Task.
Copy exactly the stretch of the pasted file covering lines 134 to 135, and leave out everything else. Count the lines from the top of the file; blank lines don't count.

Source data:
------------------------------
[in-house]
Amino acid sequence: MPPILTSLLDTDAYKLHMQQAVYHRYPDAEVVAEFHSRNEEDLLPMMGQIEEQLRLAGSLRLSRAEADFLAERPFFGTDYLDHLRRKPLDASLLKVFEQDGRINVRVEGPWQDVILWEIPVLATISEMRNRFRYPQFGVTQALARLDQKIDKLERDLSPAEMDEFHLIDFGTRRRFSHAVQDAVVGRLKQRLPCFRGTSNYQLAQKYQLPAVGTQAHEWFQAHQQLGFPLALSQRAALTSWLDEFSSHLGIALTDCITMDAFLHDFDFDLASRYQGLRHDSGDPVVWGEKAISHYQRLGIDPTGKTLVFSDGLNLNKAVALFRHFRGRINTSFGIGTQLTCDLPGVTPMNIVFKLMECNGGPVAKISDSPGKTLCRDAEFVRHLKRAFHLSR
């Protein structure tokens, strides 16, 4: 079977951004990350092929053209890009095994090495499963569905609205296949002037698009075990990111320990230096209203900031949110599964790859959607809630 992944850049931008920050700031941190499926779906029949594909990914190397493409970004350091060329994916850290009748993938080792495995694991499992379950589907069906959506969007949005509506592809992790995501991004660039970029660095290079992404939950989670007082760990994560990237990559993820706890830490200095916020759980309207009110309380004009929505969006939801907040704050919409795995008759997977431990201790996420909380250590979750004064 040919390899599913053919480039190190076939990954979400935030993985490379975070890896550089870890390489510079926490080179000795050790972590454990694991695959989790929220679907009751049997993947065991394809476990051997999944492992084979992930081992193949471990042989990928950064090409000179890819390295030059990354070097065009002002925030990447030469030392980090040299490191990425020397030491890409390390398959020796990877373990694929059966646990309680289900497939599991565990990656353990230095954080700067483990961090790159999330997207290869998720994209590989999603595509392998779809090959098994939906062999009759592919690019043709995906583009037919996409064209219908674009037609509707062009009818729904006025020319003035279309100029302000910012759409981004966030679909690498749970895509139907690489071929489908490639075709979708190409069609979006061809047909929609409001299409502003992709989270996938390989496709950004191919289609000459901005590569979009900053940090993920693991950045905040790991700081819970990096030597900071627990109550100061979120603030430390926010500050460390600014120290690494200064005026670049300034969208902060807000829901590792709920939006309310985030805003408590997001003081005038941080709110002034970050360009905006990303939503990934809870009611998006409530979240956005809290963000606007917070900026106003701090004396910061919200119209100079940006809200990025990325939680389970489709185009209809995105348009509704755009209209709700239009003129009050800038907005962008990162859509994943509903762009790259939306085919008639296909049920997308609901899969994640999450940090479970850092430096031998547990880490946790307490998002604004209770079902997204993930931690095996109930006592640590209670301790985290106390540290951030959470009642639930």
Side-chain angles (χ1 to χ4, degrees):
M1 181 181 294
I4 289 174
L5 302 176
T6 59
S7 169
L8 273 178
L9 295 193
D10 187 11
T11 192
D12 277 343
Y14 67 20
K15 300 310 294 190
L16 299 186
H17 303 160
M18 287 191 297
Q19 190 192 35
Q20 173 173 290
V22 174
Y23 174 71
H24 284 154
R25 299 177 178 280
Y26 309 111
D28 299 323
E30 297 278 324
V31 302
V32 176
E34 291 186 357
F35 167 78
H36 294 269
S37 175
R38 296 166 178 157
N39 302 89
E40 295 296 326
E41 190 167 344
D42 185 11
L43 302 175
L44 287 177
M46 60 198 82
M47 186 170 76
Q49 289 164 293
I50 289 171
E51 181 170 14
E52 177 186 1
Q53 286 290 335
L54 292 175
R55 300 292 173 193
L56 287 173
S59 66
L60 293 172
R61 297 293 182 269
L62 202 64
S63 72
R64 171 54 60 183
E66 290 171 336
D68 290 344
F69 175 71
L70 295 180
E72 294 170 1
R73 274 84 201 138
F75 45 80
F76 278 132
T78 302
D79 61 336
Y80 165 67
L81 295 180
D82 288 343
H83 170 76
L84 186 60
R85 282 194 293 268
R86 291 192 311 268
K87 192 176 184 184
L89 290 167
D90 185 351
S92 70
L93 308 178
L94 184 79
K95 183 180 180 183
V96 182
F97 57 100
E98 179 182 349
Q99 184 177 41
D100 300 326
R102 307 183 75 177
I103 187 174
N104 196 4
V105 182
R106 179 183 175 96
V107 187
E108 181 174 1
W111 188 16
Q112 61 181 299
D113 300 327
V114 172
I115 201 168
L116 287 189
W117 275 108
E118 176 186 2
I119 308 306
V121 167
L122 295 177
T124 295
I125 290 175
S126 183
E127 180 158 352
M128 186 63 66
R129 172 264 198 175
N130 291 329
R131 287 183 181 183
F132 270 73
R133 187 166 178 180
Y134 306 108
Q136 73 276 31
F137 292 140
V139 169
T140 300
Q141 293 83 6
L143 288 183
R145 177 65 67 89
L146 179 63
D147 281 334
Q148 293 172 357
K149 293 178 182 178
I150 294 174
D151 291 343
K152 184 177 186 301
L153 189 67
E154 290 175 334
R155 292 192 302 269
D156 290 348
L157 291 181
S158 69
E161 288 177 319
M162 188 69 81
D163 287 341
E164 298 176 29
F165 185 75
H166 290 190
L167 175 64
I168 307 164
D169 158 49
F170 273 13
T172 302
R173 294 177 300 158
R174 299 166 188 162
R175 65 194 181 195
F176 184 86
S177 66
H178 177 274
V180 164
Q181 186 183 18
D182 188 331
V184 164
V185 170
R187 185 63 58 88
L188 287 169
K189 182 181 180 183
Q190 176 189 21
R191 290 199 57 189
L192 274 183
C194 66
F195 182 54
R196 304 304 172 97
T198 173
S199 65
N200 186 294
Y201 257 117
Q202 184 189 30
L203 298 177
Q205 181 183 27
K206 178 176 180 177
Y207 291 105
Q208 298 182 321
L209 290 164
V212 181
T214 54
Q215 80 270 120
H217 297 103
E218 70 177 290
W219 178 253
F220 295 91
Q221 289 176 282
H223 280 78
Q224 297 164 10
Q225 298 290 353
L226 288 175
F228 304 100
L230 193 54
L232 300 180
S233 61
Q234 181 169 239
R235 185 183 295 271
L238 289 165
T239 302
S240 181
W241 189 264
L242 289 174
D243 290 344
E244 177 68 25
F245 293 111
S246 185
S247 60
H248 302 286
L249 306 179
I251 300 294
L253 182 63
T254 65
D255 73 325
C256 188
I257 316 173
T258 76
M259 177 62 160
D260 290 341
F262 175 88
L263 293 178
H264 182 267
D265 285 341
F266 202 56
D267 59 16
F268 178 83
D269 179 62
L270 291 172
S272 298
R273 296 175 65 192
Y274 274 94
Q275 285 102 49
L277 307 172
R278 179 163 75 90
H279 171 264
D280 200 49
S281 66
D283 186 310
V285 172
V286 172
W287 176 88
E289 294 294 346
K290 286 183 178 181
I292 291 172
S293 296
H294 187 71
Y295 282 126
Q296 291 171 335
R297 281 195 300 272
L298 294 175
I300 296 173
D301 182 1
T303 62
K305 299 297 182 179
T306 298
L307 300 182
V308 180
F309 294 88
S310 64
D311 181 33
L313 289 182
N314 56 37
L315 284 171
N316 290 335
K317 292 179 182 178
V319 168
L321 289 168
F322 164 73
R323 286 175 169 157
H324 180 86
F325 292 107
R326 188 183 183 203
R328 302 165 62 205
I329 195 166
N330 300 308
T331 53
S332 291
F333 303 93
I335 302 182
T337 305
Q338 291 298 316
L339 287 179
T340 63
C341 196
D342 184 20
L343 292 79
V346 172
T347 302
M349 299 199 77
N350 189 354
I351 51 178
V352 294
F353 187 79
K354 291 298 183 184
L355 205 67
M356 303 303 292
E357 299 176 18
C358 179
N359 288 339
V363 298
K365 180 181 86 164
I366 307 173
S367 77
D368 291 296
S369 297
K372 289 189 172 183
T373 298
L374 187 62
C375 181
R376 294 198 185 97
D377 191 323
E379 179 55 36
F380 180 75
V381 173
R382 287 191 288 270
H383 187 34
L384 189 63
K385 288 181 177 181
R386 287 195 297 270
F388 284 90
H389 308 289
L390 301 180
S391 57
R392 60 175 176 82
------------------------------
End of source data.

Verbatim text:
L157 291 181
S158 69